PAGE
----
Written by airynfaerie on 09 Nov, 2009
What's a visit to Positano without a day at the beach? As one of the most beautiful settings on the Mediterranean Sea, this is one of the best spots to do not much of anything, but relax, walk on the sand, and float in the…Read More
What's a visit to Positano without a day at the beach? As one of the most beautiful settings on the Mediterranean Sea, this is one of the best spots to do not much of anything, but relax, walk on the sand, and float in the ocean. When we visited one year in mid-April, it was a bit early in the season for getting in the water, or even laying out on the sand...but that didn't hold us back from still enjoying the beach.During our short stay in Positano, we decided not to make any plans and instead just wander the steep staircases in the hillside town, browse in the outdoor markets, and meander along the seashore. First stop was the large concrete embankment where the waves crash. I love the movie "Under the Tuscan Sun", and there's the scene where Diane Lane's character stands here looking out over the sea. The waves weren't too rough when we visited so we took turns standing on the edge for photos hoping a random wave didn't come and soak us. Luckily we stayed dry and then continued on towards the sand.Actually instead of the fine sand we were expecting, we noticed that the beach here is made up of lots of small, smooth pebbles. It actually feels quite nice to walk on, but very different from powdery sand. I looked down and noticed something shiny and green and when I bent down to see what it was, I saw that it was a lovely piece of sea glass...and since sea glass was something we loved collecting from the beach where we lived, I was excited to pocket a fun free souvenir. Just as I stood back up though, I noticed another piece, then another, and another. They were everywhere. Lots of blue, aqua, teal, forest green, yellow, and clear pieces of sea glass. And not only sea glass, but also smoothed pieces of tiles that are so prominent in the architecture of this area.We ended up spending all morning just walking along the seashore, (pretty much alone, as it wasn't quite tourist or beach season yet) collecting pieces of glass and tile. We found some larger tile pieces with inscriptions or fun painted designs as well. When the morning was over, we'd collected enough for a nice sized jar, which added a bit of weight to our backpacks...but it was completely worth it as it ended up being one of most favorite souvenirs from our first trip to Italy. Close
Written by Zhebiton on 04 Jun, 2010
Not far from Sorrento (7 km) and Amalfi, there is another wonderful town of Positano. He looks like a colored fountain out of their homes, flowing from the very skies to surf. Positano became a famous resort since the First World War, when tired of…Read More
Not far from Sorrento (7 km) and Amalfi, there is another wonderful town of Positano. He looks like a colored fountain out of their homes, flowing from the very skies to surf. Positano became a famous resort since the First World War, when tired of the bloody reality endowed with a subtlety of perception of people of different countries started to look for peace, tranquility and beauty that reigned here. Calling Card Positano is the Church of Santa Maria Assunta with richly decorated majolica dome. Medieval watchtowers were built to protect against Saracen pirates. Church of Santa Maria Assunta was built in the XIII century, its altar decorated with a miraculous icon of the Black Madonna "of the Byzantine masters. According to legend, it had issued to the coast of Positano by sea waves. The entire city center - pedestrian zone. Twisting streets under the twisted branches of the vines cast a shadow on courting couples intertwined arms. You can enjoy the surf here all day, looking at the pictures hanging on the walls, fingering colorful bracelets. Positano has an ancient history, and according to legend, was founded by the sea god Poseidon, who fell in love with a nymph named Pasitea. Not far from the coast are the islands "Li Galli, where, according to Homer, lived mythical siren. Close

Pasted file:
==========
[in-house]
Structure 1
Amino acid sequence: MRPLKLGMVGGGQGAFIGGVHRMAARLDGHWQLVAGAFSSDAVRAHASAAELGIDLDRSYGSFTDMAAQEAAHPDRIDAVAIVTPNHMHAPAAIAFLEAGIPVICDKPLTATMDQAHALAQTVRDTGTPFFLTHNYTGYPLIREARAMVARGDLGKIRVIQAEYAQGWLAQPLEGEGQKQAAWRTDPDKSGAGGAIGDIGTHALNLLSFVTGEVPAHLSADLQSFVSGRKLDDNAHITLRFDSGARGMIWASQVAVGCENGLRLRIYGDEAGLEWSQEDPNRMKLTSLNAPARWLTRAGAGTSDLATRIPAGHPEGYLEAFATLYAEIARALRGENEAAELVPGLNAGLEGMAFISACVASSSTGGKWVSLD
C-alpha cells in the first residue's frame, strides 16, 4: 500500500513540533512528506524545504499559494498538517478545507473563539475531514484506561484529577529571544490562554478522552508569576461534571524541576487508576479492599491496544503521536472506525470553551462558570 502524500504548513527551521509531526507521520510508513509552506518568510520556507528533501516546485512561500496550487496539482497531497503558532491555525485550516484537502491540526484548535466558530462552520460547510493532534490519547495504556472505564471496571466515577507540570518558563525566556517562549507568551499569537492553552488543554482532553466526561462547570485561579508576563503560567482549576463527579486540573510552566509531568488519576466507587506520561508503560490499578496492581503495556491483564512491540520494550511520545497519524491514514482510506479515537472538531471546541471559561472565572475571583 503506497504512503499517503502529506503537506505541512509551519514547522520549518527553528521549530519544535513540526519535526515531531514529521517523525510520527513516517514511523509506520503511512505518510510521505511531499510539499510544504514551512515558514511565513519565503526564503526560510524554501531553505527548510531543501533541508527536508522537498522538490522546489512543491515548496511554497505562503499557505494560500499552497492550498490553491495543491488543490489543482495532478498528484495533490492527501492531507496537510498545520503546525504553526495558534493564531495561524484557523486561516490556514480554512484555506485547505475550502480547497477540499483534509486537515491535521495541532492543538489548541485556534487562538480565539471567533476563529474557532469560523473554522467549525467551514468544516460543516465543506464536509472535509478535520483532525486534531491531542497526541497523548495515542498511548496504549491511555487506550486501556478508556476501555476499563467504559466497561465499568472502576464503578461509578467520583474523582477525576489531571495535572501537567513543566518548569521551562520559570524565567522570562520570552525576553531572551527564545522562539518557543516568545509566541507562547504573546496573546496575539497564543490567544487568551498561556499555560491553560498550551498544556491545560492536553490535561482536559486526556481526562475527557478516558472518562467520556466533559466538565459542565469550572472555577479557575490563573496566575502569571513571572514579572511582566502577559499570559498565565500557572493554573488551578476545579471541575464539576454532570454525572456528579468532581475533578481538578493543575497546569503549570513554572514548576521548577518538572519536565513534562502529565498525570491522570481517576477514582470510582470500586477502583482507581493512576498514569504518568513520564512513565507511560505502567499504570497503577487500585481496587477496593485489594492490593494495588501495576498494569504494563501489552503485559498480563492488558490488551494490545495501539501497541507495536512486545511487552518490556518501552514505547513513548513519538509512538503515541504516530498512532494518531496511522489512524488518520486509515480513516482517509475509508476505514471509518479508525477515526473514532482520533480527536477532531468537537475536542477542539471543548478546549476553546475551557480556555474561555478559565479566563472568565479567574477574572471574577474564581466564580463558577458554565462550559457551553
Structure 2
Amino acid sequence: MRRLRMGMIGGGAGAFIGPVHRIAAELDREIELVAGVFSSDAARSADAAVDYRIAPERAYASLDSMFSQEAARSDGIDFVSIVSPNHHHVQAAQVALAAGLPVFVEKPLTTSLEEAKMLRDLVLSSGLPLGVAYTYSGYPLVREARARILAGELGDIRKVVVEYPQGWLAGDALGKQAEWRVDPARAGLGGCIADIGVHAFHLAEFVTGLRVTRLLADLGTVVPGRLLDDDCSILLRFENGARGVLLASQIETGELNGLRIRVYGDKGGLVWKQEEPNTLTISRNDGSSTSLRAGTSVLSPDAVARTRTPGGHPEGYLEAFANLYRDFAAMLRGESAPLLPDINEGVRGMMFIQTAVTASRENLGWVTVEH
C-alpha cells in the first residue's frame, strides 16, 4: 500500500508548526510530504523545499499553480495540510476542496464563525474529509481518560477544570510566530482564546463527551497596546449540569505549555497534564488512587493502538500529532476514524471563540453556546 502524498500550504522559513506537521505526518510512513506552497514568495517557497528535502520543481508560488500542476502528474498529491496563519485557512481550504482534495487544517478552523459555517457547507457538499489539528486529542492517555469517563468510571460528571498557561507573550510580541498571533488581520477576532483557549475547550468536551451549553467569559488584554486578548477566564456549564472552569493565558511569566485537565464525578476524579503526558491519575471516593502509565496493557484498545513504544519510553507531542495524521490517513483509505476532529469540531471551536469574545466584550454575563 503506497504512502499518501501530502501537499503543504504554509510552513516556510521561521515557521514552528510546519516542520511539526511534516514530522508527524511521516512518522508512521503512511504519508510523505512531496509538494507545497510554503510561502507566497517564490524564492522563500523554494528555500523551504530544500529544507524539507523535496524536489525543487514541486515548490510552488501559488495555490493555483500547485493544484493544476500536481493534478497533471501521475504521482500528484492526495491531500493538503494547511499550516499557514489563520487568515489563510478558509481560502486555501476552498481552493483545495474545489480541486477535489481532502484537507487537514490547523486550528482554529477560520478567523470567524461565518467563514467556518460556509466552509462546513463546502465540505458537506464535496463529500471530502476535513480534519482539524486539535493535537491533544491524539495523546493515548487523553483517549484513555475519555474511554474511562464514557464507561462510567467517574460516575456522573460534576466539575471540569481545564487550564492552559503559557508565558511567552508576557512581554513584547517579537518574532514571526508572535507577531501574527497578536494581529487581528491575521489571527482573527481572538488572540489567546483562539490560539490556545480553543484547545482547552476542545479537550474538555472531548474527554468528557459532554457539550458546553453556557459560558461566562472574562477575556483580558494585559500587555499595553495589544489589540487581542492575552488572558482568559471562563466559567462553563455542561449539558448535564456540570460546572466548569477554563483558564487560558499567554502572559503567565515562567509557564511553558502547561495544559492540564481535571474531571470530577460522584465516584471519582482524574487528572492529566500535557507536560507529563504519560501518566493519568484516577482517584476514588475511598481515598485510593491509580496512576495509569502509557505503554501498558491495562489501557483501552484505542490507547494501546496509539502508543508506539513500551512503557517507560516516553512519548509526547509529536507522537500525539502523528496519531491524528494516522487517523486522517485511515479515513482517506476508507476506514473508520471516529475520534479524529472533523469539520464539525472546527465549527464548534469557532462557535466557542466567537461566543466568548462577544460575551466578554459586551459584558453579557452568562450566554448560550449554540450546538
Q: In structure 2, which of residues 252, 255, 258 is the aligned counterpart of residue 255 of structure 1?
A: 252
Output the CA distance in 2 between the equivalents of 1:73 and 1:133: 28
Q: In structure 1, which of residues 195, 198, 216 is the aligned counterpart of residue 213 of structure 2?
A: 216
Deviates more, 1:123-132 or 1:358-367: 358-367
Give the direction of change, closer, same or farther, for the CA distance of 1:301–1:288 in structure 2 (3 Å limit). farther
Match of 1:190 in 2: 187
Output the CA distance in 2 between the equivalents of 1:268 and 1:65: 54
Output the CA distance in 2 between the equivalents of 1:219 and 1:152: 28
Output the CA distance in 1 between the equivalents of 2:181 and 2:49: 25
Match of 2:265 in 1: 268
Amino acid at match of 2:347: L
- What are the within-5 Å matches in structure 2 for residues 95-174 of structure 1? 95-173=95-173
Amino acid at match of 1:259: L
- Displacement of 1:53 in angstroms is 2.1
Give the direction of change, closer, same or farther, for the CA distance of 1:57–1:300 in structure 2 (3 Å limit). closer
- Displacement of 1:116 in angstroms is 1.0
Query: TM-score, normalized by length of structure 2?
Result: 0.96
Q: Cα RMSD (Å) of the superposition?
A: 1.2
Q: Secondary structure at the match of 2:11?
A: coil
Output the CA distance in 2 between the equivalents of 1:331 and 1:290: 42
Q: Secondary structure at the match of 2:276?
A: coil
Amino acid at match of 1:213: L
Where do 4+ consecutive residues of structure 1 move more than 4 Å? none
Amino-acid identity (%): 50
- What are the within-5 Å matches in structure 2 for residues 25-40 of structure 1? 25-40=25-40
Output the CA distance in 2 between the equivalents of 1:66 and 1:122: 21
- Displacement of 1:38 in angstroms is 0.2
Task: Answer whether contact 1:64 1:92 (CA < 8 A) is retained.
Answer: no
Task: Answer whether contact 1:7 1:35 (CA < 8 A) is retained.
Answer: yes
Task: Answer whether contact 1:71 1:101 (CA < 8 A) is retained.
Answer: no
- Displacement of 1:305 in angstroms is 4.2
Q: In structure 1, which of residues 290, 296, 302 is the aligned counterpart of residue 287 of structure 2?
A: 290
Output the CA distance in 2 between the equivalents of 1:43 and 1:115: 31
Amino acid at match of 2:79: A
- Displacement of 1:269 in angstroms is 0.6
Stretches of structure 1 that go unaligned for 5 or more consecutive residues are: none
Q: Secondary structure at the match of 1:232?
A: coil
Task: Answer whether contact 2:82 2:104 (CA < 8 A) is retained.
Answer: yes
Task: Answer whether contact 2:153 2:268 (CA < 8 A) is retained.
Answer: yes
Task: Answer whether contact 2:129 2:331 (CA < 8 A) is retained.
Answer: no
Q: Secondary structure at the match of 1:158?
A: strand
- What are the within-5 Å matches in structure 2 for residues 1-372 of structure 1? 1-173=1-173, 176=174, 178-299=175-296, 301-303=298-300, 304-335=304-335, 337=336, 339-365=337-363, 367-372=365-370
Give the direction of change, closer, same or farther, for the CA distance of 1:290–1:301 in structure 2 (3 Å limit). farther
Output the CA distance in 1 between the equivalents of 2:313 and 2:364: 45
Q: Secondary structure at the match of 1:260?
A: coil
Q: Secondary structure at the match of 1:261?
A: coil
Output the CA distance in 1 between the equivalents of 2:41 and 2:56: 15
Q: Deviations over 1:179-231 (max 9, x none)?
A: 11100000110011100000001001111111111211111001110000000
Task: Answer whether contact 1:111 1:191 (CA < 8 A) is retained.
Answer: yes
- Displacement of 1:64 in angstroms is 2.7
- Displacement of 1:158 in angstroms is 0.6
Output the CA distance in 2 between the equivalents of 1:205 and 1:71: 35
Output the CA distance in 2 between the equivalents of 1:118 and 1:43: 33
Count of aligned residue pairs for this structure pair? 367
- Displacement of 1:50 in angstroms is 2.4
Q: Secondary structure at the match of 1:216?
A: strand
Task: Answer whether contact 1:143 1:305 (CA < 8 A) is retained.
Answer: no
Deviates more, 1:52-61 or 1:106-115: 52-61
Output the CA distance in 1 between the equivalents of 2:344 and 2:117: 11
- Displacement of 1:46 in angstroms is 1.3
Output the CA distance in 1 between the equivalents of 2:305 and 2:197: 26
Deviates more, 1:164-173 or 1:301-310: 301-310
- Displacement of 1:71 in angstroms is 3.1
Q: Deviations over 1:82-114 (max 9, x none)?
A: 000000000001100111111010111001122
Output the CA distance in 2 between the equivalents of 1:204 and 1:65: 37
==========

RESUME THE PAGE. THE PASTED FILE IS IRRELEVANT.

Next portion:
Written by jorisc on 13 Aug, 2007
Positano is not that far away from Amalfi, 30 minutes by boat or so, but it is a much more tourist place than Amalfi itself. Yes, the view upon arrival of the pastel coloured houses cropped on a rock is very beautiful, but then you’ve seen the…Read More
Positano is not that far away from Amalfi, 30 minutes by boat or so, but it is a much more tourist place than Amalfi itself. Yes, the view upon arrival of the pastel coloured houses cropped on a rock is very beautiful, but then you’ve seen the best part of the village. Its main street is an uninterrupted row of shops (shoes and clothes) and once you’ve walked it up, basically all you can do is walking it down again. It was the first time (and together with our visit to Capri the only time) that we realized how many tourists flock around in this region during the summer months. It has a great beach though (better at least than the one in Amalfi), and a lovely terrace beyond it, where you can enjoy a drink in the shadow and have a look at the swimmers, the small boats, and the oh-so-blue Mediterranean sea. To find it, watch the seafront, and turn to the left. You’ll first pass a restaurant/bar/ice cream parlour, and then you’ll find it. Although at a stone’s throw from Positano’s busy centre, it was a very tranquil, really great place to spend an hour or so.
Conclusion? Positano is really worth the trip, if not for the village itself, at least for the boat trip to and from and the nice views it offers of the Amalfi coast and on Positano itself.